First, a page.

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|Title:||COPYRIGHT CHALLENGES FOR USER GENERATED INTERMEDIARIES: VIACOM V YOUTUBE AND GOOGLE|
|Keywords:||Copyright - Asia Pacific|
|Publisher:||Sydney University Press|
|Citation:||Copyright law, digital content and the Internet in the Asia-Pacific.|
|Abstract:||YouTube, the video sharing website has risen to be one of the most popular and profitable websites on the Internet. What was first created in February 2005 as a platform for people all over the world to share videos, has now developed into a billion dollar business, that is an integral part of the Google corporation. However, while the success and popularity of YouTube is clear, the associated copyright issues which lie at the very core of the YouTube platform, are far from settled. Evidencing the legal uncertainty surrounding the operation of YouTube, is the recent high profile litigation which has been brought by entertainment company, Viacom International. The case filed in the United States District Court for the Southern District of New York and any subsequent appeals, have the potential to be one of the most influential copyright decisions in the digital era. YouTube is not the only user generated intermediary to have encountered legal difficulties, rather it exemplifies the copyright challenges facing user generated intermediaries. Indeed, the evolution of Web 2.0 and other new digital technologies have enabled digital content to be easily reproduced and communicated online, without the permission of the copyright owner. The following chapter will provide an analysis of the recent Viacom v YouTube litigtion, including the claims brought by Viacom, both party’s arguments and an examination of the key issues, which are likely to decide the outcome of the case. The chapter will also consider copyright challenges for other user generated intermediaries, such as blogs and wikis. Finally, the chapter will provide an analysis from an Australian perspective of some of the copyright challenges which user generated intermediaries are likely to encounter under Australian copyright law.|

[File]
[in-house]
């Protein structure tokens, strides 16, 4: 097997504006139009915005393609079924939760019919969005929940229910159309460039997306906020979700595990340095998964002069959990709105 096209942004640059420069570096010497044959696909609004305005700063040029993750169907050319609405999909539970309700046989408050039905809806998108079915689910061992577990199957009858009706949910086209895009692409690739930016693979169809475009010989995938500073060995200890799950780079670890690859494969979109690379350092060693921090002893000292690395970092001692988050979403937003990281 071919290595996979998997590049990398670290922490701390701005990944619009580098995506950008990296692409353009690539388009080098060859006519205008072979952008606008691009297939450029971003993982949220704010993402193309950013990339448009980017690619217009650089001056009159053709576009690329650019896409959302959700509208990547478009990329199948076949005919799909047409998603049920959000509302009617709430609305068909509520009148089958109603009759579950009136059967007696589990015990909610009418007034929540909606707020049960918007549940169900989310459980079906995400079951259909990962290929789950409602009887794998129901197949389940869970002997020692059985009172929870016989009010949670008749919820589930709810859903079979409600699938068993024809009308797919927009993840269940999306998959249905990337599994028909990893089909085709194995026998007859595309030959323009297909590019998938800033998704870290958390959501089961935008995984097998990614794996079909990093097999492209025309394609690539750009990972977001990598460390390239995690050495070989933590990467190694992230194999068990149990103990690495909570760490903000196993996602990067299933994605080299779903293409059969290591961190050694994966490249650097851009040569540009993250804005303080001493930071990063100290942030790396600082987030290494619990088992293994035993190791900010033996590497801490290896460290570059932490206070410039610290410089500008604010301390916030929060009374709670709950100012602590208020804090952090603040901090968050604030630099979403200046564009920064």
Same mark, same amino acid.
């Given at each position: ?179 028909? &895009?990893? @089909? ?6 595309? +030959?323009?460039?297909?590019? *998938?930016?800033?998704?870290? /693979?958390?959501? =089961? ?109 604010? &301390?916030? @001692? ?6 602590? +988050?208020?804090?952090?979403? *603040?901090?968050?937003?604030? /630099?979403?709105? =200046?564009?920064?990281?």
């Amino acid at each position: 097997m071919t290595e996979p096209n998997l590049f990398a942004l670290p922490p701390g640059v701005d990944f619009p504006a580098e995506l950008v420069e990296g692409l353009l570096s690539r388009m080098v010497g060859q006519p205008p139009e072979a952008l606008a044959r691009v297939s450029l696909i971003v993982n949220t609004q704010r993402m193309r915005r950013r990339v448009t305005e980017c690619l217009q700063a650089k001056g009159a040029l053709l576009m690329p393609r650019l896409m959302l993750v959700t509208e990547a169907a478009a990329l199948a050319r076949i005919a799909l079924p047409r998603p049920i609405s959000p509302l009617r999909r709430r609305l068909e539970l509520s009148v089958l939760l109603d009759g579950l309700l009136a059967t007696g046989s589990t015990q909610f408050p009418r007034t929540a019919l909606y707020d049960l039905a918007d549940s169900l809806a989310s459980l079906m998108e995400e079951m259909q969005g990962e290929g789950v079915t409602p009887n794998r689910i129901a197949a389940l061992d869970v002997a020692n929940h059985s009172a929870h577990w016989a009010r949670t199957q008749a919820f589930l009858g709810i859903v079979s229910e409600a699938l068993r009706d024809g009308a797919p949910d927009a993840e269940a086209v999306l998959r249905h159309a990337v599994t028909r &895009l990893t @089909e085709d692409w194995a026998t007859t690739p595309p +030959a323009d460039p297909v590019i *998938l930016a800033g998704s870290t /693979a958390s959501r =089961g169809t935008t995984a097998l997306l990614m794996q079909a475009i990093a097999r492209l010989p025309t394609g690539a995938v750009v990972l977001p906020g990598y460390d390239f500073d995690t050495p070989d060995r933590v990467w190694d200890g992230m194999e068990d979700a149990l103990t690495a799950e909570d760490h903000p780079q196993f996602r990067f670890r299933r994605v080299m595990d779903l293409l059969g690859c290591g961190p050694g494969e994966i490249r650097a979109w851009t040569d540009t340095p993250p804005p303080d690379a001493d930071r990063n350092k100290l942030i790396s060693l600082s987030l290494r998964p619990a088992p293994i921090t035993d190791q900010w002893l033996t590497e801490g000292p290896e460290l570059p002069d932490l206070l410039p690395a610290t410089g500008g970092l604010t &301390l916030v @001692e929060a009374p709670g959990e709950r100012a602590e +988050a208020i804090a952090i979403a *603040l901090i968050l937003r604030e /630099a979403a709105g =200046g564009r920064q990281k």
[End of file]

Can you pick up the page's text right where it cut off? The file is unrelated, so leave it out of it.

|Description:||Presented at the First International Forum on the Content Industry: Legal and Policy Framework for the Digital Content Industry collaboratively held by the East China University of Political Science and Law (http://www.ecupl.edu.cn) and the Queensland University of Technology (http://www.qut.edu.au) in Shanghai, People’s Republic of China, May 2007. This publication is an output of the ARC Centre of Excellence for Creative Industries and Innovation (http://www.cci.edu.au) Queensland University of Technology.|
|Rights and Permissions:||Copyright Sydney University Press|
|Type of Work:||Book chapter|
|Appears in Collections:||Copyright law, digital content and the Internet in the Asia-Pacific|
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